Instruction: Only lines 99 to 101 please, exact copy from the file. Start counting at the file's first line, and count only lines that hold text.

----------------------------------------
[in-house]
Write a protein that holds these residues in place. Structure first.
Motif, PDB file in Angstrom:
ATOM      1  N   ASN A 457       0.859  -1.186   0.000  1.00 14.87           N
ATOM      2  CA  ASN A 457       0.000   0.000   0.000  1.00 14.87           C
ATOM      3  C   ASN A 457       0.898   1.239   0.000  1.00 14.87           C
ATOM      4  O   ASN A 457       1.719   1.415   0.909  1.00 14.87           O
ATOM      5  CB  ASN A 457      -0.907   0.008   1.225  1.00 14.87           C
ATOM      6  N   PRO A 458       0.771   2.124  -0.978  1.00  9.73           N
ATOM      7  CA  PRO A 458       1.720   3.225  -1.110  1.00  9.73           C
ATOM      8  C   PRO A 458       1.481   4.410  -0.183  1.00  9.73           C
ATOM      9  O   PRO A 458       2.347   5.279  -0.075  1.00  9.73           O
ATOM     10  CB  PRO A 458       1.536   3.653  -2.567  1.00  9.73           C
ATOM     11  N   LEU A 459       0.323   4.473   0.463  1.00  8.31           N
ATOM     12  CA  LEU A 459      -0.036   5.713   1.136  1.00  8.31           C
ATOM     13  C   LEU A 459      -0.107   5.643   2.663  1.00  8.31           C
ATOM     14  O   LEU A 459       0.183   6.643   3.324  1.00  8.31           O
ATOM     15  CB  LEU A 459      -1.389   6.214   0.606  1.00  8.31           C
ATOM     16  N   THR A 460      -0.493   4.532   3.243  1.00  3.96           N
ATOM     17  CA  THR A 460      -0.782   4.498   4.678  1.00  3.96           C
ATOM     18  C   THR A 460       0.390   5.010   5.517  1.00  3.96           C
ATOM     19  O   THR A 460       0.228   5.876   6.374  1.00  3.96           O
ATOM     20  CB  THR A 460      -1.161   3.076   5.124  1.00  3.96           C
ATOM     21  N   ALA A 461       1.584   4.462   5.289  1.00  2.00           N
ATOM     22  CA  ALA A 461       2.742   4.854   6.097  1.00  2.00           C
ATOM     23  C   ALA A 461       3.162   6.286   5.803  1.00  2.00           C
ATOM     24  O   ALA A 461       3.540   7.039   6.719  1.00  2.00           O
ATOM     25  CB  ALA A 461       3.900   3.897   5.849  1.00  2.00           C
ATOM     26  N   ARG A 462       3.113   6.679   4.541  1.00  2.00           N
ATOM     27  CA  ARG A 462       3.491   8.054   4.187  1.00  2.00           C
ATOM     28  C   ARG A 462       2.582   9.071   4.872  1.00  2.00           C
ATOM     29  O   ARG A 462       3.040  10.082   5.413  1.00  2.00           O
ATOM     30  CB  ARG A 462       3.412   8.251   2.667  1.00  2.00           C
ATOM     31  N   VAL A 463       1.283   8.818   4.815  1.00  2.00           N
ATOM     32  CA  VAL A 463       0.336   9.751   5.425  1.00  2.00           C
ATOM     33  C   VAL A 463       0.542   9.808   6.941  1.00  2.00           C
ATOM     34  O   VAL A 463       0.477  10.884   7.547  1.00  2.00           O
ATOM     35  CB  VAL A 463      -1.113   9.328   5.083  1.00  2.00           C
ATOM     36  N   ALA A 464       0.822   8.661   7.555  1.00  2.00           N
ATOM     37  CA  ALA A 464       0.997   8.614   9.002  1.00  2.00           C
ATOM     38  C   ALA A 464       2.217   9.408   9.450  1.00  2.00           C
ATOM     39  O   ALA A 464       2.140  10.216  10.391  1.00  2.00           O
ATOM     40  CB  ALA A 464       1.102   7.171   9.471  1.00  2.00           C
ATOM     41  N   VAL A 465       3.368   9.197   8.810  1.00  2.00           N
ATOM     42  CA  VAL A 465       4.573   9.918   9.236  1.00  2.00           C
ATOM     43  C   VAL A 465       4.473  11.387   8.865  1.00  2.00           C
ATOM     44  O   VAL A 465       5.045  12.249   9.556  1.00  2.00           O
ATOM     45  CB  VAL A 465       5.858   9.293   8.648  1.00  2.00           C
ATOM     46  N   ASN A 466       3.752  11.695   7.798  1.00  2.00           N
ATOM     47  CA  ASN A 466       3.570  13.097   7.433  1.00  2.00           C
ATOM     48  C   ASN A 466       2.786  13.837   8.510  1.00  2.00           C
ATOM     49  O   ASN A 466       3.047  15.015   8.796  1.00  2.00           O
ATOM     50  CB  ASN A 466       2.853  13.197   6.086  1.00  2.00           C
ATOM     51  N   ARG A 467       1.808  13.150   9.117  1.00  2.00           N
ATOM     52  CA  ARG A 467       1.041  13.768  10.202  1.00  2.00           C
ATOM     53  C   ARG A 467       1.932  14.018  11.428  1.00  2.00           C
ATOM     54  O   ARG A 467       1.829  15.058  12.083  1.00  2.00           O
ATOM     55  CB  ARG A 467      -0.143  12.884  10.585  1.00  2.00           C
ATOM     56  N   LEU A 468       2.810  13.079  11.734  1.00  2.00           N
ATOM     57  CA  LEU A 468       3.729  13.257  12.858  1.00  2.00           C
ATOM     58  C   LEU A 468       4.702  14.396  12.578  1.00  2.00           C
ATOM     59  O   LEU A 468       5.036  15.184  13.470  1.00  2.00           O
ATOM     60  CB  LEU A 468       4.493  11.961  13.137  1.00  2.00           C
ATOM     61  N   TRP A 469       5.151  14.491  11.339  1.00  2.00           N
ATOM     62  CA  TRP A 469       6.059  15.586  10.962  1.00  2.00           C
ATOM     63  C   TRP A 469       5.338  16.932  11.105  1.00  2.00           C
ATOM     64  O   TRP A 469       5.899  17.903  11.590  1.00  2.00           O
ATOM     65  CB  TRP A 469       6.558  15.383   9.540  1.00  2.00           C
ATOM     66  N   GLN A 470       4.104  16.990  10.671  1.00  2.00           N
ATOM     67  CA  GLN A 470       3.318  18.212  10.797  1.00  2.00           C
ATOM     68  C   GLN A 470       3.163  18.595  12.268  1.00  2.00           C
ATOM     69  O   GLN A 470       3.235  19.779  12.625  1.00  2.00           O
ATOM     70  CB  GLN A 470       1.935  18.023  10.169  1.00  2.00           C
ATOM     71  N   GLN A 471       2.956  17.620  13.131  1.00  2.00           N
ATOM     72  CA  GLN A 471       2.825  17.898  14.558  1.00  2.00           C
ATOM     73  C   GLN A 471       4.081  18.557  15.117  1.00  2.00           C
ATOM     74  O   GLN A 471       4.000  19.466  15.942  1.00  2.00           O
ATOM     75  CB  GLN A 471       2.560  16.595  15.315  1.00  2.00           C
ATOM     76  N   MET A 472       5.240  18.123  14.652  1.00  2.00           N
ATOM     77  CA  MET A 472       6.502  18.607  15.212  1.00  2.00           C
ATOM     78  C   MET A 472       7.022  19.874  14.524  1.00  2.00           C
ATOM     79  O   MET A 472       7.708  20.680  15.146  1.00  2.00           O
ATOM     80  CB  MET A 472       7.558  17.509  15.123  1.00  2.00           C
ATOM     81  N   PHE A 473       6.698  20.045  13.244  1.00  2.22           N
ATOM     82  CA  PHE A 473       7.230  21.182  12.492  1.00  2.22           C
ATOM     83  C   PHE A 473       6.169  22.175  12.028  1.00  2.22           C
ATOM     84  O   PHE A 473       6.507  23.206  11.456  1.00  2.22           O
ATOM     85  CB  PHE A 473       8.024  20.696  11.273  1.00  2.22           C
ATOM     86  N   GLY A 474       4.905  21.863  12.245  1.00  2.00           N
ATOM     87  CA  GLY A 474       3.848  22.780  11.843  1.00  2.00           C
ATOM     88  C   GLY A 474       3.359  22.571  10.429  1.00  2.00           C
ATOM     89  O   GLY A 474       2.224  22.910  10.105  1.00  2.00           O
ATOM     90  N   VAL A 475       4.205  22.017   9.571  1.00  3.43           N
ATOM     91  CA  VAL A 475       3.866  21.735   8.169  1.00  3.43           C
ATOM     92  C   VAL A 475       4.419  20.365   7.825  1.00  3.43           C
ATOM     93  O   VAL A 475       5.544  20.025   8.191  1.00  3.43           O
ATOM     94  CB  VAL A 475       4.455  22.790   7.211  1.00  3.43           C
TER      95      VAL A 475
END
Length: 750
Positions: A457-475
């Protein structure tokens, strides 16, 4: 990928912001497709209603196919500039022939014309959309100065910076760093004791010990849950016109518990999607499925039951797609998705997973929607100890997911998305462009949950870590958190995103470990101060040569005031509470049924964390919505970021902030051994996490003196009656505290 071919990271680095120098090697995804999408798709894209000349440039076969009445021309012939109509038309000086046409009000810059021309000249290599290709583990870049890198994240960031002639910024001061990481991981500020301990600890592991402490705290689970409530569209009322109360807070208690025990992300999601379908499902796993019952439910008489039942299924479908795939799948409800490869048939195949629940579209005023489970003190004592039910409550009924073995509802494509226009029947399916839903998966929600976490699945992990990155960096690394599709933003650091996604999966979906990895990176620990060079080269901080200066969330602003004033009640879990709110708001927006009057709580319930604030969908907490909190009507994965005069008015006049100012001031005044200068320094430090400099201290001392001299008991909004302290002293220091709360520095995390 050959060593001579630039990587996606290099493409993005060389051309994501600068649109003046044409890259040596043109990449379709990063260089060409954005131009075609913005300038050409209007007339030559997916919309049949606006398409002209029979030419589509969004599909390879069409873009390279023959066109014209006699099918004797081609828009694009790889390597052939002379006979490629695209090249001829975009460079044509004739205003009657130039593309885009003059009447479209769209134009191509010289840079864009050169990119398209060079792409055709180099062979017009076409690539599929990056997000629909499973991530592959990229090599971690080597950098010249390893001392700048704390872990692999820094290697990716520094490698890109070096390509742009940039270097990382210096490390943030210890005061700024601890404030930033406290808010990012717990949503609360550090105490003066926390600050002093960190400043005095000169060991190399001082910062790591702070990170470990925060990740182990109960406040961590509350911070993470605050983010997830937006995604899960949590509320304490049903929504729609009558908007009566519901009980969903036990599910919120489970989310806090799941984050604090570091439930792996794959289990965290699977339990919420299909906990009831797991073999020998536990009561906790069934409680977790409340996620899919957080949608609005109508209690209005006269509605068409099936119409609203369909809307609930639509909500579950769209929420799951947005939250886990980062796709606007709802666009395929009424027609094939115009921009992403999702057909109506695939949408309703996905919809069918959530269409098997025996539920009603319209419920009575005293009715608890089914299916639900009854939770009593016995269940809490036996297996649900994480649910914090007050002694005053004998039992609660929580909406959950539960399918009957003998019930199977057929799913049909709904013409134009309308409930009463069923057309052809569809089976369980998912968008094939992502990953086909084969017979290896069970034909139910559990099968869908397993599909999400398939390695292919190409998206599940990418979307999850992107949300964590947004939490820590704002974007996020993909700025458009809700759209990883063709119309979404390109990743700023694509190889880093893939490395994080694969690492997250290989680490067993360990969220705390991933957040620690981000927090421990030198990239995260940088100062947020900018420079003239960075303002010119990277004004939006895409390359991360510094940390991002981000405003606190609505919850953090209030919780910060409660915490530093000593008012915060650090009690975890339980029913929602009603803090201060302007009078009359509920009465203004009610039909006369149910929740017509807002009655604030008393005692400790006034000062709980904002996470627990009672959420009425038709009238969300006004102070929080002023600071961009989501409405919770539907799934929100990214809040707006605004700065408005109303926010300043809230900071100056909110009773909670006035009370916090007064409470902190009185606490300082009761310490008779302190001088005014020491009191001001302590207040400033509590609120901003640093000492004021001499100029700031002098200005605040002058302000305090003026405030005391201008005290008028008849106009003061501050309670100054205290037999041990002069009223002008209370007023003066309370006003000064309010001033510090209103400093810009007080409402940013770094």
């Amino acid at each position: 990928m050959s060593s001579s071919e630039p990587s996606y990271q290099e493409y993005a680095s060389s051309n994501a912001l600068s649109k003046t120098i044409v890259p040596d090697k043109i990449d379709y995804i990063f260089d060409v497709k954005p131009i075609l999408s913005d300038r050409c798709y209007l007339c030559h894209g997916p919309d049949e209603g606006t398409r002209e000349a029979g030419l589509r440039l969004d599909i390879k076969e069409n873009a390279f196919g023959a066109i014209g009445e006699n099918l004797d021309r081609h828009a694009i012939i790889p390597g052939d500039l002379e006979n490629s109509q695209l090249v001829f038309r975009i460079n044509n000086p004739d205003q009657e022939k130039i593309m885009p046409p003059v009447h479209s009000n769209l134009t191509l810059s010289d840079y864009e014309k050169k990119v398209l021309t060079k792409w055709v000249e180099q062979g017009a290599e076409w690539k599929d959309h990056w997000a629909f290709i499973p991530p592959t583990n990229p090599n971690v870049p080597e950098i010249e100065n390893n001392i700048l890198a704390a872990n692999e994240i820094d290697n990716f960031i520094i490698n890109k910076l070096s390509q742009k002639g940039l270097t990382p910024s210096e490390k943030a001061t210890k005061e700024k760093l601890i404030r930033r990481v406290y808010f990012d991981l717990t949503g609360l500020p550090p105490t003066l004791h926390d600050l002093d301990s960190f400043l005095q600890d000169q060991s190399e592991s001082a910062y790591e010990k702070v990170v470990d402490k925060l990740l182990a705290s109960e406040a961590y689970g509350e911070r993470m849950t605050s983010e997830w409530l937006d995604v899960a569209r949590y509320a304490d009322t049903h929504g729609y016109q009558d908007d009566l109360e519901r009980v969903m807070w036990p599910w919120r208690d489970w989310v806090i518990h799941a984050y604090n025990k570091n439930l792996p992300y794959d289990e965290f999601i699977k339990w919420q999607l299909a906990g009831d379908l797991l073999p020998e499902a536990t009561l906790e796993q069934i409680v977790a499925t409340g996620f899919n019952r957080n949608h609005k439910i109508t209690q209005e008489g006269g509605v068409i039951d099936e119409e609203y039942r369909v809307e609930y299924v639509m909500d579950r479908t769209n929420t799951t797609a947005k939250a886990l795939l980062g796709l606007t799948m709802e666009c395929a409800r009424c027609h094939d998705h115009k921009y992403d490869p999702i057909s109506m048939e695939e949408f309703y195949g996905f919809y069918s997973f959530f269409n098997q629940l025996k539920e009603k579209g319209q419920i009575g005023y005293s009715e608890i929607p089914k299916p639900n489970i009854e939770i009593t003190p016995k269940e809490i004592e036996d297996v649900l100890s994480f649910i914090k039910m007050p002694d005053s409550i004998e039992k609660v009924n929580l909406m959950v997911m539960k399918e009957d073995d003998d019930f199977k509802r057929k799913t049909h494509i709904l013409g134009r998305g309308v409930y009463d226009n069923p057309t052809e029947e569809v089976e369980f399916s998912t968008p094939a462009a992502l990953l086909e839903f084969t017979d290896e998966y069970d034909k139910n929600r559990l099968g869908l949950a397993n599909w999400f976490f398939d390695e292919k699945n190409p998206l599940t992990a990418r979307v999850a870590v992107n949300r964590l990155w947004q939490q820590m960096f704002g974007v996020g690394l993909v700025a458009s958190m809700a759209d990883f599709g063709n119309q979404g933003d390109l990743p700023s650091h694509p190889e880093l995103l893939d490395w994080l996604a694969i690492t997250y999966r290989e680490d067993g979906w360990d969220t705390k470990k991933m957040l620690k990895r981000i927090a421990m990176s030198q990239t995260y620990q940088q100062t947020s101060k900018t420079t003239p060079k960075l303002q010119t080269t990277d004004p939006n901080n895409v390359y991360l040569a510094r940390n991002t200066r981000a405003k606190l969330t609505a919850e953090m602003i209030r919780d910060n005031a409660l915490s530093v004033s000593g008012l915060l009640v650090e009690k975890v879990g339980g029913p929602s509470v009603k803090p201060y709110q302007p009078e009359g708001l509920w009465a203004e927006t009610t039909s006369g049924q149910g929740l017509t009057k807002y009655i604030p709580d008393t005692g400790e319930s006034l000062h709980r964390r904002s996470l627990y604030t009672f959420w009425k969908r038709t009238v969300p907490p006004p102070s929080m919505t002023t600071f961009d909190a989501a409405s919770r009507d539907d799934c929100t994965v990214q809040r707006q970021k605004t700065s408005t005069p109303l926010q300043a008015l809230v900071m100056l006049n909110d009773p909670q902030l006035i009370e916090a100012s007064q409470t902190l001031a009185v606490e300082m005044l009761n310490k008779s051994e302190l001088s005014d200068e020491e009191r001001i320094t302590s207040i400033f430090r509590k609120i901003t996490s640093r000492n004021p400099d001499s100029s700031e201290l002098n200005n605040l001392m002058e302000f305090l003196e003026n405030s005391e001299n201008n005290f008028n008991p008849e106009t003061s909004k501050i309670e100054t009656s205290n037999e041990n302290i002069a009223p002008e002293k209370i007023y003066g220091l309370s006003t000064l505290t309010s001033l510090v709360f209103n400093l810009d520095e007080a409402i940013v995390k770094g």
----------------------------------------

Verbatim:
END
Length: 750
Positions: A457-475